A Love Story


Defining roles

Contrary to an enduring popular belief, a couple consisting of two men or two women does not always copy the stereotypical roles of a heterosexual couple. If two women are in a relationship, there is not one that takes the place of the man while the other takes on a more feminine role. The same holds true for two men in a relationship. LGBT people express their feminity or masculinity in a lot of different ways. In this respect, they are no different from heterosexual couples. 

The awakening of love

It is often a love-at-first-sight experience with a person of the same sex that brings a person to an awareness of their homosexuality or bisexuality. It might mark the beginning of their first relationship or their first heartbreak. Although parents are rarely prepared for this type of situation, their love for their children should allow them to support them in their new life.


Sexuality takes a different place and shape in each couple.  Each couple determines their sexual behavior and their commitment to each other. Regardless of the person’s sexual orientation or gender identity, it is important to respect their privacy. So please refrain from intimate questions unless your quite close to that person.


Too often, homosexuality is viewed in a restrictive way in which sexual orientation is reduced to the mere expression of sexuality.

As with heterosexual couples, same sex couples are most often formed around amorous and emotional feelings. Sexuality is certainly part of a lot of relationships, but it's important not to reduce a couple to sexual acts. Relationships are based on so much more!

Engagement, support, mutual assistance, equality, complementarity and sharing of duties are just as important for same-sex couples as they are to heterosexual couples. Couples made up of two women or two men, often experience the same happiness and hardship as couples made up of a man and a woman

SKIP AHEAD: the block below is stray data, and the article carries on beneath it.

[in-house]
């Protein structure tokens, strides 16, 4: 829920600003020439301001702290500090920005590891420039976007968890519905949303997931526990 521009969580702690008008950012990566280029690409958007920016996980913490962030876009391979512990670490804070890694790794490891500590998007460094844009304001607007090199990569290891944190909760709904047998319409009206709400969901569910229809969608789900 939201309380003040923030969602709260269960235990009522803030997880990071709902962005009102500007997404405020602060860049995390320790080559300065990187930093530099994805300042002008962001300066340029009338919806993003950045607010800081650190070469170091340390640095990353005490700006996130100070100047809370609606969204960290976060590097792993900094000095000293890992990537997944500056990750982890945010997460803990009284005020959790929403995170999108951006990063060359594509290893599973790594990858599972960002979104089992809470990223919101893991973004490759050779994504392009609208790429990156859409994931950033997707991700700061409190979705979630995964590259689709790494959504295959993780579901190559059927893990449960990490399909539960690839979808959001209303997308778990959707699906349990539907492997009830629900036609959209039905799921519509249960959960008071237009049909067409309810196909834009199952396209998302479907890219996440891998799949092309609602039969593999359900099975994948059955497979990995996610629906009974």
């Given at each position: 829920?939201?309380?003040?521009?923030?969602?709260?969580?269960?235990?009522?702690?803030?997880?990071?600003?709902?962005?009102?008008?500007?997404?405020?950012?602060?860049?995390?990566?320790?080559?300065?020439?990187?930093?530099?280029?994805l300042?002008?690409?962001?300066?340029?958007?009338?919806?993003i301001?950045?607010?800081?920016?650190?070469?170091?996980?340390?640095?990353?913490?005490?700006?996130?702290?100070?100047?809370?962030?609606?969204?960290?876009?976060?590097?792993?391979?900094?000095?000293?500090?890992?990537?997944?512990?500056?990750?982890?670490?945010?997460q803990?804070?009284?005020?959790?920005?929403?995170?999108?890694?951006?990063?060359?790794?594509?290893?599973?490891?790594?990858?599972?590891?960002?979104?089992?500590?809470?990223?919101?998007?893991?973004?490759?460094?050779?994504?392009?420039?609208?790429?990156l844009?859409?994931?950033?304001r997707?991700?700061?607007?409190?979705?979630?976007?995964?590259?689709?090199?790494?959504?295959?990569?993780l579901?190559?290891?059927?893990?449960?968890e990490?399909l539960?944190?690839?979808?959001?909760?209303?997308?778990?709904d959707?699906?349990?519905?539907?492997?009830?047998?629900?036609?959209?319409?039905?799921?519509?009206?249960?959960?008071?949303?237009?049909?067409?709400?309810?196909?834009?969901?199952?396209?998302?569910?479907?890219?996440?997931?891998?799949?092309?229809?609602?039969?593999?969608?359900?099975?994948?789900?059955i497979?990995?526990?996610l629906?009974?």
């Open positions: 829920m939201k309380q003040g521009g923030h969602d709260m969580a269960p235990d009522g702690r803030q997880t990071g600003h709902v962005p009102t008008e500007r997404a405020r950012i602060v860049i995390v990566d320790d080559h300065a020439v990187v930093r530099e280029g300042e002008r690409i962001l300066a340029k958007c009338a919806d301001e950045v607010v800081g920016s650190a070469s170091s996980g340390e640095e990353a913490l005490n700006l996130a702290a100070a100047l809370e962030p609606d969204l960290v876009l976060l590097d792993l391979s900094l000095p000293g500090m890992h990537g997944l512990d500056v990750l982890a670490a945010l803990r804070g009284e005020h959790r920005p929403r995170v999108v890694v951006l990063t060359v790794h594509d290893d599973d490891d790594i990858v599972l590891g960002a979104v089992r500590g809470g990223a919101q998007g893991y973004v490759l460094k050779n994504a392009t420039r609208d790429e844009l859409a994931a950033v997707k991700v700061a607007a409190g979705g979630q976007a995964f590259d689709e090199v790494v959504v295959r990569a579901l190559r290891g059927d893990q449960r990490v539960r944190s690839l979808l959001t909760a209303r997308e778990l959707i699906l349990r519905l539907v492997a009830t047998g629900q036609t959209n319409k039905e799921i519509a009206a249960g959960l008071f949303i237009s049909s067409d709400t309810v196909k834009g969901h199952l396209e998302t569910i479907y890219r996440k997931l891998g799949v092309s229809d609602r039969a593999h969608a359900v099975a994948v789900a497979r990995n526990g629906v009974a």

Did you know ?

In a study conducted in 2018 in the United Kingdom, more than 2/3 of respondents said they did not hold their same-sex partner's hand in public to avoid a negative reaction from others.

Specific issues


Le droit d'aimer

Only 26 states recognize marriage for same-sex couples. Moreover in 72 states it is still illegal to be homosexual.
Several states recognize legal status for same-sex couples without going as far as marriage. As for religious ceremonies, it is up to the churches to decide on their rule of conduct.
Recognition of the union has a significant impact on the right to receive a pension or inheritance, or to make decisions about the health of our spouse.

Domestic violence

As with heterosexual couples, same-sex couples can experience spousal violence. However, the subject remains very little discussed and many will not seek help for fear of prejudice.

This is even more the case if the person lives in a region where homosexuality is criminalized, because they risk to be arrested if they admits being in a couple with a person of the same sex.


Many LGBT people, alone or in a couple, want to have children, whether by adoption or assisted procreation, and in a small number of countries like Canada, children can have legal parentage with both parents, but this is not the case in most countries.

Same-sex celebrity couples

Many same-sex couples among celebrities have marked history, literature, arts, politics and science in many part of the world and in all period of time. Of these couples, some have remained discreet about their relationship. Others, have claimed their difference and their right to equality.

Amongst those who became models for generations of gays, lesbians and bisexuals, there are: Leonardo da Vinci and Salai, Paul Verlaine and Arthur Rimbaud, Marguerite Yourcenar and Grace Frick, Frida Kahlo and Chavela Vargas, Rock Hudson and Marc Christian MacGinnis, Martina Navratilova and Julia Lemigova, Matthew Mitcham and Lachlan Fletcher, Ellen DeGeneres and Portia De Rossi, George Smitherman and Christopher Peloso, Jodie Foster and Cydney Bernard, Adam Lambert and Drake LaBry.


Survey results

According to our survey, conducted in 2011:

• 2/3 of Canadians (66%) say they have a gay friend

• 21% of Canadians think that a couple made up of two men are not as likely as a heterosexual couple to have a long-term love relationship.

• Overall, almost two-thirds (65%) of Canadians think that the Canadian Parliament's 2005 law authorizing same-sex civil marriage is a good decision, while 23% think it is a bad decision.

• Nearly two-thirds (67%) of respondents would agree to be the godfather or godmother of a child with same-sex parents.



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